Are you constrained to say bonus is discretionary?

SQ - Are you constrained to say bonus is discretionary

One of my recent posts covered the pros and cons of keeping compensation information confidential. There are positives to each side of the coin, but my view is that we should communicate as much as possible when it comes to Compensation and Benefits rules, entitlements and required contributions. There are too many drawbacks to not explaining, and too many advantages to being open and transparent.

There was one question raised to me though : how do you communicate about incentives and bonuses if your Legal department does not want you to include anything in the contracts of employees except “bonus is discretionary, not guaranteed, based on Board final decision and we can’t share with you any rules or commit to any number” ?

… even if there are, in fact, some rules… including one that says that the company or Board reserves the right to not pay anything.

Yet you have to sustain employee engagement and foster a culture of performance.

You also need to be proactive in terms of recruitment and new hire package construction : if you say the bonus is totally discretionary, and you can’t communicate any rules around it in writing or give out any numbers, then the credibility of this bonus or incentive goes out of the window and the candidates will try to negotiate higher basic and allowances in order to compensate for the perceived lack of security on the variable part of their future compensation.

Well, in that case, there are a number of things you can do to try and create as much value and credibility as possible for your scheme, even if you never communicate its rules in writing (therefore with no potential legal liability).

The first one is to give a nominal value to the incentive.

That is, you explain what could be a potential payout in “normal” circumstances (ie a target amount if there are rules of pay-for-performance) or an average payment from previous years (if the bonus is fully discretionary). This gives employees and candidates a sense of what they may receive, and reduces the anxiety related to the unknown. They can start to plan and project themselves if they want to.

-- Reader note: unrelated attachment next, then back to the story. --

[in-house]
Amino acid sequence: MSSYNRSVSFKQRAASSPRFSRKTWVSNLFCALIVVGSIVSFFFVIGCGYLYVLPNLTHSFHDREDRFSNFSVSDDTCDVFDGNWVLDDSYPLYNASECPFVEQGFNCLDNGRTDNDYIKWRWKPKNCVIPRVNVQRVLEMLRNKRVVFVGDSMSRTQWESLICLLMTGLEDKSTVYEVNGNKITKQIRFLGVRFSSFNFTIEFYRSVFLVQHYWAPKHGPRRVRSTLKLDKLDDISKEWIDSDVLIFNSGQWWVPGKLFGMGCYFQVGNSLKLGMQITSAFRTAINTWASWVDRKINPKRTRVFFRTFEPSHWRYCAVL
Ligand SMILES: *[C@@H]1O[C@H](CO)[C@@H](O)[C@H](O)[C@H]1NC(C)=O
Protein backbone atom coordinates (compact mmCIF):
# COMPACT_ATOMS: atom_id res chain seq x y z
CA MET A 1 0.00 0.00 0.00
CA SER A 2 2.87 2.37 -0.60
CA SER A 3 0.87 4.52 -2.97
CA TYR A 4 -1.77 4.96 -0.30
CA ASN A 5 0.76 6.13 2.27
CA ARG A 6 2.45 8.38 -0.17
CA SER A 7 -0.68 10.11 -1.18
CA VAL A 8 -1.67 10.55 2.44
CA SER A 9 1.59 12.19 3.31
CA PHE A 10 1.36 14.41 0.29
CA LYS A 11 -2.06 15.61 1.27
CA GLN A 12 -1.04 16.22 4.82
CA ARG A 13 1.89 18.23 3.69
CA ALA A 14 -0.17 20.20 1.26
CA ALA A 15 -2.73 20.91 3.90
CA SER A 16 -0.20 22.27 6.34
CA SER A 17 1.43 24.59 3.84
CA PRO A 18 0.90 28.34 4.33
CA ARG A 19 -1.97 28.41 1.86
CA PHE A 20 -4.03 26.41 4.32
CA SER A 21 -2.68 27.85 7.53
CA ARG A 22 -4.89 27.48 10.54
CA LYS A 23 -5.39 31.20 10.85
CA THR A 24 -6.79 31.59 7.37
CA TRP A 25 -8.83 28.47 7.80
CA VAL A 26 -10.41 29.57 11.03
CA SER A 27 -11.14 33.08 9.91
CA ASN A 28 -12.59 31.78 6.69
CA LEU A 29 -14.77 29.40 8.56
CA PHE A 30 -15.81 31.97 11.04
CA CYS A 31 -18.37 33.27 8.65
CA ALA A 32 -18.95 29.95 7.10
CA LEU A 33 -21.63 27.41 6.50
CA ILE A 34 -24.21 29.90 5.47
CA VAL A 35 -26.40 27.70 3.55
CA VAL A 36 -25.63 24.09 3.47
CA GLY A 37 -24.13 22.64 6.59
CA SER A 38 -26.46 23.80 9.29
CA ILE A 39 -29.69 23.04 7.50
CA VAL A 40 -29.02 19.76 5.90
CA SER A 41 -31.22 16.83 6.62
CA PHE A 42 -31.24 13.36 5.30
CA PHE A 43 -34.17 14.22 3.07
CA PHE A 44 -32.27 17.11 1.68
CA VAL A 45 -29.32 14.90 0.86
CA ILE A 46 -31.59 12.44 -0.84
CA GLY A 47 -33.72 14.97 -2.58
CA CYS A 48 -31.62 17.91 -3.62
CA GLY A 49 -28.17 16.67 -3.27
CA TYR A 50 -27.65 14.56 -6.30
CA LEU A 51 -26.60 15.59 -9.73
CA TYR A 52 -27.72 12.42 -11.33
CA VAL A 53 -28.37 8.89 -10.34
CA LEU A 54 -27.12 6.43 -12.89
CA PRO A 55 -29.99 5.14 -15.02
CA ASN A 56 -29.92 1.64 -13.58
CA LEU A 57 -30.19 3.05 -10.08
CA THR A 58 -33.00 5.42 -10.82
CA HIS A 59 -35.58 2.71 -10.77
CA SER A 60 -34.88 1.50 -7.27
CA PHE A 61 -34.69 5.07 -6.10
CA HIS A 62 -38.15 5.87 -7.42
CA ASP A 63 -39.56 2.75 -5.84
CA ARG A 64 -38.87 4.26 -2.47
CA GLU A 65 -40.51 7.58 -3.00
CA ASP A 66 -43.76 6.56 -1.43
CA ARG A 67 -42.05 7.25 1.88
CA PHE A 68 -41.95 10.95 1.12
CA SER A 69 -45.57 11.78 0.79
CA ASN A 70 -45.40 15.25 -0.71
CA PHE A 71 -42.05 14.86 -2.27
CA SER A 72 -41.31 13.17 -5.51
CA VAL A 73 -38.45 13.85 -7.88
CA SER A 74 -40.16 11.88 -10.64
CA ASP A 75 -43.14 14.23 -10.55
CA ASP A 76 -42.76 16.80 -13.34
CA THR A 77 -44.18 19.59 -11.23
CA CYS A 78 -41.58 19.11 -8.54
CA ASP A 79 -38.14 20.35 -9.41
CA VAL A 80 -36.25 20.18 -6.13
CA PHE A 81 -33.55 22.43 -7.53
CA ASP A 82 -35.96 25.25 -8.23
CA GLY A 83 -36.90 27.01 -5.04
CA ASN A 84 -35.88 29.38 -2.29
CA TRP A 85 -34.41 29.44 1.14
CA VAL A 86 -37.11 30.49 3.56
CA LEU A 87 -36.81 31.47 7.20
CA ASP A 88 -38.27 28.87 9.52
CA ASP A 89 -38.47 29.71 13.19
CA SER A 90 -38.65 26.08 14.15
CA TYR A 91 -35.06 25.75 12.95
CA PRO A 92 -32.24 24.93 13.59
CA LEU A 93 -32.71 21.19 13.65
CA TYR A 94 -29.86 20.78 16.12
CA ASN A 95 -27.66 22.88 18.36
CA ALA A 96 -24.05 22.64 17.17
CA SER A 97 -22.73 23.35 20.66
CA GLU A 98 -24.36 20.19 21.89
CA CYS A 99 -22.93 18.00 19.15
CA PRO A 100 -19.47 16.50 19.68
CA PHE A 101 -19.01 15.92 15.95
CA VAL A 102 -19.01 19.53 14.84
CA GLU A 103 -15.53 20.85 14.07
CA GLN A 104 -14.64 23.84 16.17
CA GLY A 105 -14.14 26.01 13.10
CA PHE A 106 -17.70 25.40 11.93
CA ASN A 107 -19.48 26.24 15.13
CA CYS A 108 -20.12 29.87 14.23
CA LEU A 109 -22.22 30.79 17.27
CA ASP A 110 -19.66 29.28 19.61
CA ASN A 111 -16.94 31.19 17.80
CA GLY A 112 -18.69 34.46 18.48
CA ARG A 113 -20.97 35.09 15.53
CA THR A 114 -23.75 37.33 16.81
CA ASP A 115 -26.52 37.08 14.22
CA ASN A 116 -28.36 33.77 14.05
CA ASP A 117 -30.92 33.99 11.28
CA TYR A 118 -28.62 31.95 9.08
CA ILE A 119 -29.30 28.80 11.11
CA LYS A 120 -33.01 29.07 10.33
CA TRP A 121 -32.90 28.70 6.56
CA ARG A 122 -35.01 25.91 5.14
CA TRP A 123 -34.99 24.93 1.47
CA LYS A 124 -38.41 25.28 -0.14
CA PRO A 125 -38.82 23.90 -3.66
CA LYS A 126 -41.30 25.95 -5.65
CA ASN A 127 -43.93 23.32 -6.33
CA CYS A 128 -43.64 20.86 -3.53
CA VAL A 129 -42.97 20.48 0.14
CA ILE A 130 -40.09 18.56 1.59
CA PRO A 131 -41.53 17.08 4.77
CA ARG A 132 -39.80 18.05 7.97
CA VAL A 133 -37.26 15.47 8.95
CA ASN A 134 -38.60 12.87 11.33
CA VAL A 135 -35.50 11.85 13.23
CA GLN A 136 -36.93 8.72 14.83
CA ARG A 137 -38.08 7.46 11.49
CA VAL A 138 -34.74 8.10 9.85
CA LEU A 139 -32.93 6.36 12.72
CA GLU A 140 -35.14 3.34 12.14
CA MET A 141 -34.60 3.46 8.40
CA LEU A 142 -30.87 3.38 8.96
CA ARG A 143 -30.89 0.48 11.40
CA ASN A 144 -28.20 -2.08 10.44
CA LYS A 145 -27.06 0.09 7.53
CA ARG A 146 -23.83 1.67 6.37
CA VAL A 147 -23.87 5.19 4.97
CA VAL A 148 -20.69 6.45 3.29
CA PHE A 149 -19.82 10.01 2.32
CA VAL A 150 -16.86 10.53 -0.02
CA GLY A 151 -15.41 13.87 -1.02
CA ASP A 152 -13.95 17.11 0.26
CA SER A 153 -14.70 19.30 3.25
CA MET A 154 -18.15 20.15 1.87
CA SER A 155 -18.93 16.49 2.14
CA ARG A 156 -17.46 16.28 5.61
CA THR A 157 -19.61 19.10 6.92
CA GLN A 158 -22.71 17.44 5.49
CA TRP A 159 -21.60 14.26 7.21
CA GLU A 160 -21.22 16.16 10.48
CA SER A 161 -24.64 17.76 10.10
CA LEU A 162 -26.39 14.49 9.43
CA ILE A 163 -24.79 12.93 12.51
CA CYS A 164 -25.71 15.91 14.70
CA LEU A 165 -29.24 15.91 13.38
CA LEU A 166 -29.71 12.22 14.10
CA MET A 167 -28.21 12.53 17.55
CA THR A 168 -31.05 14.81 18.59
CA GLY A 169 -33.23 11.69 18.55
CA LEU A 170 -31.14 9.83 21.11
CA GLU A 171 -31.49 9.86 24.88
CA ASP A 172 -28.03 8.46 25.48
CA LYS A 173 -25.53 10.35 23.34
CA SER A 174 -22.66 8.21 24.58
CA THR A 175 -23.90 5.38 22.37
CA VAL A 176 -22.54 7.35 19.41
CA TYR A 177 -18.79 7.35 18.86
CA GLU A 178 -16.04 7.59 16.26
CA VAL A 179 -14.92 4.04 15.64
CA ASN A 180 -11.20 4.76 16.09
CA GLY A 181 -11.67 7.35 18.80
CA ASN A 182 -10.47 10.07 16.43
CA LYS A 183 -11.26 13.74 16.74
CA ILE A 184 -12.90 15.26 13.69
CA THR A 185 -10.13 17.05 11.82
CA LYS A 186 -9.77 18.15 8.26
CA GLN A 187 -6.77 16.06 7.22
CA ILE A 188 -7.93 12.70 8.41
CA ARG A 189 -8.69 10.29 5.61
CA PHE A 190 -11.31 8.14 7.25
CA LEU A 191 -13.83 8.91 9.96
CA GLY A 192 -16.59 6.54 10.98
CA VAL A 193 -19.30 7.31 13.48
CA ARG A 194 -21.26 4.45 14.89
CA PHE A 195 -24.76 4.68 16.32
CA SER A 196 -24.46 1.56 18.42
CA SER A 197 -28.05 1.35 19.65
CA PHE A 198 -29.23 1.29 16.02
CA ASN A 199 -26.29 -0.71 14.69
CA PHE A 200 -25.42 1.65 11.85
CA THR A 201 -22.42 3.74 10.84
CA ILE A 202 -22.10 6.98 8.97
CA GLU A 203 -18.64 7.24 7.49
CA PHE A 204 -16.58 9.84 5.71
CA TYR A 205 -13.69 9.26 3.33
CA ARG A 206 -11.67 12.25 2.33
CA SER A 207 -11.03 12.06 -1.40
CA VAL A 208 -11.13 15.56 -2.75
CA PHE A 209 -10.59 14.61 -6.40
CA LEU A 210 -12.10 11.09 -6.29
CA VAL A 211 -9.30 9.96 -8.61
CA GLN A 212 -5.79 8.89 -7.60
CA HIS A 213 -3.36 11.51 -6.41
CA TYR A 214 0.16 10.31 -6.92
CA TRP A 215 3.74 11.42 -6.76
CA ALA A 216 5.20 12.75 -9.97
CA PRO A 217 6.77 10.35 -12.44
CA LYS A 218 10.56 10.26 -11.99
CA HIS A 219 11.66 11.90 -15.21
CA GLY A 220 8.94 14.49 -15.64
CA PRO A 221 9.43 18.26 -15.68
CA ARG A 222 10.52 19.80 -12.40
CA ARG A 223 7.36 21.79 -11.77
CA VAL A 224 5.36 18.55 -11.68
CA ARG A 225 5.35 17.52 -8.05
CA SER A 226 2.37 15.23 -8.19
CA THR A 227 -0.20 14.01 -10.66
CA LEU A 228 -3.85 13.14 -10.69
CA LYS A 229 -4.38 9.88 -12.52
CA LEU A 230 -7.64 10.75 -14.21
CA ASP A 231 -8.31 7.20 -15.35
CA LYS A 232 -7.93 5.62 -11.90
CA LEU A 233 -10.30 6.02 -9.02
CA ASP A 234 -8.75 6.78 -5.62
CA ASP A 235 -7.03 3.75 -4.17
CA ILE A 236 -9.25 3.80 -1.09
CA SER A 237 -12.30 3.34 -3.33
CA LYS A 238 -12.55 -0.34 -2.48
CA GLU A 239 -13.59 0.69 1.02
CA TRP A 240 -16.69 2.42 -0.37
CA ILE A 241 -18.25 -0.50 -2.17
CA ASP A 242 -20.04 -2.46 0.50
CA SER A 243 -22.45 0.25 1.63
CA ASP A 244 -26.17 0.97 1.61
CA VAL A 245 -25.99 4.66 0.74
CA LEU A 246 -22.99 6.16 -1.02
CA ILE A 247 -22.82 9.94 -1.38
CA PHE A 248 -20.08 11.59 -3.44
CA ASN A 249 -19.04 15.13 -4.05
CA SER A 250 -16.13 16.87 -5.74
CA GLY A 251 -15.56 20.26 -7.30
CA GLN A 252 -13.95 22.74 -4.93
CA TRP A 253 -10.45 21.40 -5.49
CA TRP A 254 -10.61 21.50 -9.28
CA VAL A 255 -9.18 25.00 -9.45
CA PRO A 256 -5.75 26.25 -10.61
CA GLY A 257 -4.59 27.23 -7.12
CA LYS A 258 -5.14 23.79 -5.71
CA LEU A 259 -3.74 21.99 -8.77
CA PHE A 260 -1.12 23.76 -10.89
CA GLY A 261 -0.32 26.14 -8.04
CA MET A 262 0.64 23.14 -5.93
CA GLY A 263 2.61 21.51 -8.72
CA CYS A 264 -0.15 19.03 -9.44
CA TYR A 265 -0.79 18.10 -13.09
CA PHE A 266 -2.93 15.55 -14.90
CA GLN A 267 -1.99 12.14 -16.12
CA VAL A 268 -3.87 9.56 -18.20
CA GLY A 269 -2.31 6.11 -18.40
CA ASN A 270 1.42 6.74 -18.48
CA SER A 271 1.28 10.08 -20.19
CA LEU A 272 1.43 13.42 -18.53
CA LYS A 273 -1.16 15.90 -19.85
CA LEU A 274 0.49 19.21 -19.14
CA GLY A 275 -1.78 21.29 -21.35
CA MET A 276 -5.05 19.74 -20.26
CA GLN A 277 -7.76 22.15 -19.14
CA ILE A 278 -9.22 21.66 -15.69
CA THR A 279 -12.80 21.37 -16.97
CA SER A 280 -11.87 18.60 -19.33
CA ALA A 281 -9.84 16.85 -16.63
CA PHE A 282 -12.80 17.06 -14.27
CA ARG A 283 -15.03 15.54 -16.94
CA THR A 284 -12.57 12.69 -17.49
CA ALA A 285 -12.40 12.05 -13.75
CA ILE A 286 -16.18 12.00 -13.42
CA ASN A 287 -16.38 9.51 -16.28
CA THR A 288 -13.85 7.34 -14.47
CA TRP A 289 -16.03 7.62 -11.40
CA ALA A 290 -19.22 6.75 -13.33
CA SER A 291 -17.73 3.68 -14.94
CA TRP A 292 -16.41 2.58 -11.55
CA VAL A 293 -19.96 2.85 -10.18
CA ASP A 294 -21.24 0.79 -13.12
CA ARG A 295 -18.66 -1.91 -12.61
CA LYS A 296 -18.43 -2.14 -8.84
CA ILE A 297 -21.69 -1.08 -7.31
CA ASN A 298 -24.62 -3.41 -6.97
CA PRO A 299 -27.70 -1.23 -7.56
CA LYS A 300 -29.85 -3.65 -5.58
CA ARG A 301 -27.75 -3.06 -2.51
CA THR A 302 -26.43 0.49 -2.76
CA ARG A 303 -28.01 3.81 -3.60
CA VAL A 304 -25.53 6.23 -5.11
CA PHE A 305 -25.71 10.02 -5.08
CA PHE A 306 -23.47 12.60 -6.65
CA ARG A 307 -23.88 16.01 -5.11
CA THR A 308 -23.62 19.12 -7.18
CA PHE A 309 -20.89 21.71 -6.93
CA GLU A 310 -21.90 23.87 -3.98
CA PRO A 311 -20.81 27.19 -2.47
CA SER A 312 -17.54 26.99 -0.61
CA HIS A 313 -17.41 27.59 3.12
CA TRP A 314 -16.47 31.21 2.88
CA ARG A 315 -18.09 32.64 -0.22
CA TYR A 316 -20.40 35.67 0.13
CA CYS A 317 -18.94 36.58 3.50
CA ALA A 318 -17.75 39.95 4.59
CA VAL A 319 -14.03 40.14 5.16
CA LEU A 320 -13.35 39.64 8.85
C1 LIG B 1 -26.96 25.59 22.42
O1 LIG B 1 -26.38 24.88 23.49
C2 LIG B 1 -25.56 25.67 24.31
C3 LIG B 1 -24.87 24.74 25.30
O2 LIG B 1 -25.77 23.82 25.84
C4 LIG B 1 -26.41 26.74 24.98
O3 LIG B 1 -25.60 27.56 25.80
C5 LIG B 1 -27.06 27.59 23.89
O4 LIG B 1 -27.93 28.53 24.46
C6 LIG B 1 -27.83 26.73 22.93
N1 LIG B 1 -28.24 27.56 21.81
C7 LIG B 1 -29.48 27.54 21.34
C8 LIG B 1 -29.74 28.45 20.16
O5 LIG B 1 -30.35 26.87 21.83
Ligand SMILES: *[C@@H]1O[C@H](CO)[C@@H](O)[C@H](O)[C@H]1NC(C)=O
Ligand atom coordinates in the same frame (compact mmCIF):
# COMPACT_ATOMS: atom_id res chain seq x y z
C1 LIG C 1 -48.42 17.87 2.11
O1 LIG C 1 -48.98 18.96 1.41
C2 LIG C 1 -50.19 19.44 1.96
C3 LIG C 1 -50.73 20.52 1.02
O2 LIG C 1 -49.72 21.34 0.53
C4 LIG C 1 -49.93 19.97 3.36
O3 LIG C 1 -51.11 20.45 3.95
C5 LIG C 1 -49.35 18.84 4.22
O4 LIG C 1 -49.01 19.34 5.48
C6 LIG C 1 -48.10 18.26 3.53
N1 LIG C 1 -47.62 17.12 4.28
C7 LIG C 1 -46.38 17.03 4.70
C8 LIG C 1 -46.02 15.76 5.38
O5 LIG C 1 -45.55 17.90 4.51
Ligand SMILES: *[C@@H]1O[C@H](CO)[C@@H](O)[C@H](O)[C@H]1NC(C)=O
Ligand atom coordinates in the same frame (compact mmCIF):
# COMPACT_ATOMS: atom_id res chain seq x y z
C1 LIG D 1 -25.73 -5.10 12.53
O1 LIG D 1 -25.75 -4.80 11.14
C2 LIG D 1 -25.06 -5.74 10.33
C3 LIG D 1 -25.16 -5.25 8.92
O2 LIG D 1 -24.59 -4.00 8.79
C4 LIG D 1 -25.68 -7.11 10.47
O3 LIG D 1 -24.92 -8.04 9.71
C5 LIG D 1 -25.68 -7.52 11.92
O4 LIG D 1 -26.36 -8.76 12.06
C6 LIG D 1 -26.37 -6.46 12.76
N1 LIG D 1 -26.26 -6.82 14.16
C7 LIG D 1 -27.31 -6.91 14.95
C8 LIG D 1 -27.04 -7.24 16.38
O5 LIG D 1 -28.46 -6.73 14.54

The second one is to explain how the incentive is calculated.

You create fake amounts for demonstration purposes, change multipliers, percentages and weights. You clearly explain that the numbers are not real, and that you will demonstrate the principles by which the incentive allocation is made. Then you describe how amounts are determined and you answer all questions in honesty, but based on your theoretical numbers. You can do this through an all employee meeting, or a “roadshow” where you deliver the explanations in department meetings. Understanding the rules gives a feeling of security to your employees, even if you don’t distribute anything in writing.

The third thing you can do is give thorough explanations to managers and the HR community.

This way they can act as reliable relays of information about the incentive. The education you provide them should revolve around why and some form of reinforcement of the message around the purpose of the incentive, as well as the principles of calculation that you already explained to the employees. It is important that they convey a consistent message, especially as nothing is put in writing.

Having full rules of engagement is of course the best in terms of motivation, transparency and employee engagement.  However, consistent, clear communication on the how and the process of the incentive will help you and your organisation get through when you are constrained to not commit to any rules or numbers in writing.

What other tips can you share if you are in the situation of not being allowed to explain anything about your incentives in writing ? Please share your tips in the comments section !


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  1. […] are very US-centric and their legal (or even cultural) aspects  may not apply to your country).  I recently addressed a similar topic and gave out some suggestions on how to establish or maintain the engagement and trust of employees […]

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